January 2004 Archives

January 23, 2004

Google Toolbar Part III

Whenever I forget to tell myself to KISS, I can always count on others to help me out ;)

Paul Burdon sent me an email yesterday outlining a much more elegant (and simple) solution to the yellow form fields dilemna caused by the Google Toolbar.

He pointed out that if you use an "!important" declaration, you can ensure that your form fields keep the background color specified. Well, I feel kind of silly. Given that AutoFill applies the yellow by modifying the style property of an element, it goes without saying that stylesheet declarations denoted as !important would take precedence. I guess I just overlooked the obvious.

I would still recommend using this particular version of the JavaScript solution for accessibility reasons. It lets you implement the following:

  1. Instead of unstyling all AutoFill elements, you style them to your liking but visibly different from other elements.
  2. Create a note that only AutoFill users can see that explains that AutoFill can be used on this form.

The advantages are threefold:

  1. You maintain control over your design—no unsightly form fields.
  2. You don't thwart your users—those that enjoy the functionality of AutoFill.
  3. The note educates those users who otherwise wouldn't know what AutoFill does.
Posted by jon at 11:58 PM

January 22, 2004

words

I don't often wax political, but sometimes you just have to get it out of your system...

<rant>

When used for good, words have the ability to proclaim the truth, foster understanding and free our souls. When used for evil, they carry the power to blind eyes, turn hearts to stone and enslave us.

The latter usage seems more prevalent as of late.

Words that blind our eyes: Axis of Evil. Homeland Security. Weapons of Mass Destruction. Self-defense.
Words that turn hearts to stone: Terrorists. Freedom-haters. Evildoers. Them.
Words that enslave us: Patriot Act. Free Speech Zones. Enemy Combatant. Un-American.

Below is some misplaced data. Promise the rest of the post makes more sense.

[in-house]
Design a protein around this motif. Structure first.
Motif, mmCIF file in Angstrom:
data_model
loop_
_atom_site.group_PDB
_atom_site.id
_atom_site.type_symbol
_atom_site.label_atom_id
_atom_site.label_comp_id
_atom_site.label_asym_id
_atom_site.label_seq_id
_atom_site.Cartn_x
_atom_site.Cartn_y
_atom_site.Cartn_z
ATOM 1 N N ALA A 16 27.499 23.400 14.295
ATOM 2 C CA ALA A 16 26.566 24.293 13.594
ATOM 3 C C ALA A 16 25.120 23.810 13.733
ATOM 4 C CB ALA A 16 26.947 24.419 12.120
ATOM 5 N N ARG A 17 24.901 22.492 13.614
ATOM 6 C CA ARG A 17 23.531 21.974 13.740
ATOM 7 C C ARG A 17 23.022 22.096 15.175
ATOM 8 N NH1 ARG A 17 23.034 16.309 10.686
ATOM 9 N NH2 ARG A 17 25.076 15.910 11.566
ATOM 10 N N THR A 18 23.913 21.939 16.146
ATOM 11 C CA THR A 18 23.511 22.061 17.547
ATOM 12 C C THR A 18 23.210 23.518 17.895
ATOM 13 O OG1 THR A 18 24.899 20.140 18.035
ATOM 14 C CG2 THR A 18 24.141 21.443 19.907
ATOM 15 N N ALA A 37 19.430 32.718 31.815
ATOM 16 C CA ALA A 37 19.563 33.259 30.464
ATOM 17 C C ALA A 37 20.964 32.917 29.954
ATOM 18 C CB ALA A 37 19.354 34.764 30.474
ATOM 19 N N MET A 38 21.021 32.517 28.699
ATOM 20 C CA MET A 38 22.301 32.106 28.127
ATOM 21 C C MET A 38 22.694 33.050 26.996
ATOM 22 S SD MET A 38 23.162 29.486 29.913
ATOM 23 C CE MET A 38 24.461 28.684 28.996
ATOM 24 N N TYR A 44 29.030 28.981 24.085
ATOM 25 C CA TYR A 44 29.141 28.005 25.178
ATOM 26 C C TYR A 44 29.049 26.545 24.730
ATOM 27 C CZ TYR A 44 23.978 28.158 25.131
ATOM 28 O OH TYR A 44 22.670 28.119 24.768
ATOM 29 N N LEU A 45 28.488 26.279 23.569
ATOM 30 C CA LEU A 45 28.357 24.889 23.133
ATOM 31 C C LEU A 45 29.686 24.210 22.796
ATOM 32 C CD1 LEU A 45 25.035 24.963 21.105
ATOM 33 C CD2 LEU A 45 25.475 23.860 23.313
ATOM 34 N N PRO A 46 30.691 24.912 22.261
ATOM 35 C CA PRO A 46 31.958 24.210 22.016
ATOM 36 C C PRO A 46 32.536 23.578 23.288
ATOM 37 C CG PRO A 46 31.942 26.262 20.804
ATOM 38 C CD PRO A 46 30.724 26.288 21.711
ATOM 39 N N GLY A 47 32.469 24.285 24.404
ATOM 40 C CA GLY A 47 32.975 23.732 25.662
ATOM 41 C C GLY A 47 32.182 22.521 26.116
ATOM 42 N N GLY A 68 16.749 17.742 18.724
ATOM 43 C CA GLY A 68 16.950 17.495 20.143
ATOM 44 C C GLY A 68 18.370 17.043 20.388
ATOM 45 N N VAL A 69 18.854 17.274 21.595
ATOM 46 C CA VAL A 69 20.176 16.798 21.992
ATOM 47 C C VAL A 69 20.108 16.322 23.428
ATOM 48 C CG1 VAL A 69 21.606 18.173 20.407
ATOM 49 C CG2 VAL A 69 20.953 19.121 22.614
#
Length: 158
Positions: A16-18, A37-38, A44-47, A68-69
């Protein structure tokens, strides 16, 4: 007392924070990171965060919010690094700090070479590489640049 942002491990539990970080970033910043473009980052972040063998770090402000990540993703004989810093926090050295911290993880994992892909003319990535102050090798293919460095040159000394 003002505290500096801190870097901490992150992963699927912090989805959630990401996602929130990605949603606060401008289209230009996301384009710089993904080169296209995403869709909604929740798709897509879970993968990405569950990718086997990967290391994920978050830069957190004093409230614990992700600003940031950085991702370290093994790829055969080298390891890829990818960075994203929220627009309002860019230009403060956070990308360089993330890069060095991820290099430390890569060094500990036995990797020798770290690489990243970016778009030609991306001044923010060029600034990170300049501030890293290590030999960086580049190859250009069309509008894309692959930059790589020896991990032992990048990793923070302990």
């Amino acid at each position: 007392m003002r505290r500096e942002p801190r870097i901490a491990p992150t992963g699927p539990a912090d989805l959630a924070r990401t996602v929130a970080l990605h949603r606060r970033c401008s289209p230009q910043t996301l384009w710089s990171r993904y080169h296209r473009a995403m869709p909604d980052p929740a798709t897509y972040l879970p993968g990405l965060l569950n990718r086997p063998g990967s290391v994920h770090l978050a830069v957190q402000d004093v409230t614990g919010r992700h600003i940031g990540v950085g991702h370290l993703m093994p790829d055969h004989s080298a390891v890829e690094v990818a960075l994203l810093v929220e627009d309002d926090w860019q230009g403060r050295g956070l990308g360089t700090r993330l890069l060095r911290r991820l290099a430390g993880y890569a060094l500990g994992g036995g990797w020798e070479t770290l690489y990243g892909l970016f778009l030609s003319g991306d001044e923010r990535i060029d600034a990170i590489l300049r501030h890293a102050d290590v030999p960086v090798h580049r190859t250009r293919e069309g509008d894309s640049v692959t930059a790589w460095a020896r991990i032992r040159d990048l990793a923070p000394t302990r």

Thomas Jefferson once defined terrorism as "the act of terrorizing, or state of being terrorized; a mode of government by terror or intimidation."

The American Heritage Dictionary offers the following:

"The unlawful use or threatened use of force or violence by a person or an organized group against people or property with the intention of intimidating or coercing societies or governments, often for ideological or political reasons."

For the longest time I struggled to find a term that captured the essence of how George W. Bush governs this nation. It was staring me in the face all along.

Terrorism.

But unlike 9-11, this terrorism has nothing to do with planes, and everything to do with words.

They tell us to carry on with our lives and not to worry about the impending terrorist attack. We are constantly bombarded by terror alerts and preemptive wars. They say that any dissent helps the terrorists' cause. We are fed words of fear 24 hours a day by this administration and its news outlets.

The only true beneficiary of Al Qaeda's terrorism has been Bush. Over the last two years he has been able to advance his agenda by terrorizing us with the ever-present "threat" of more terrorism He has undermined our freedoms and made a mockery of the Bill of Rights. His State of the Union address makes it abundantly clear he plans to stay the course.

In short, he has played us for fools and so far we have proved him right. Just as Esau of old sold his birthright for a mess of pottage, we are selling ourselves into slavery for a security blanket and a pacifier.

</rant>

Don't even get me started on the deficit and the environment...

Posted by jon at 12:14 AM

January 20, 2004

more excuses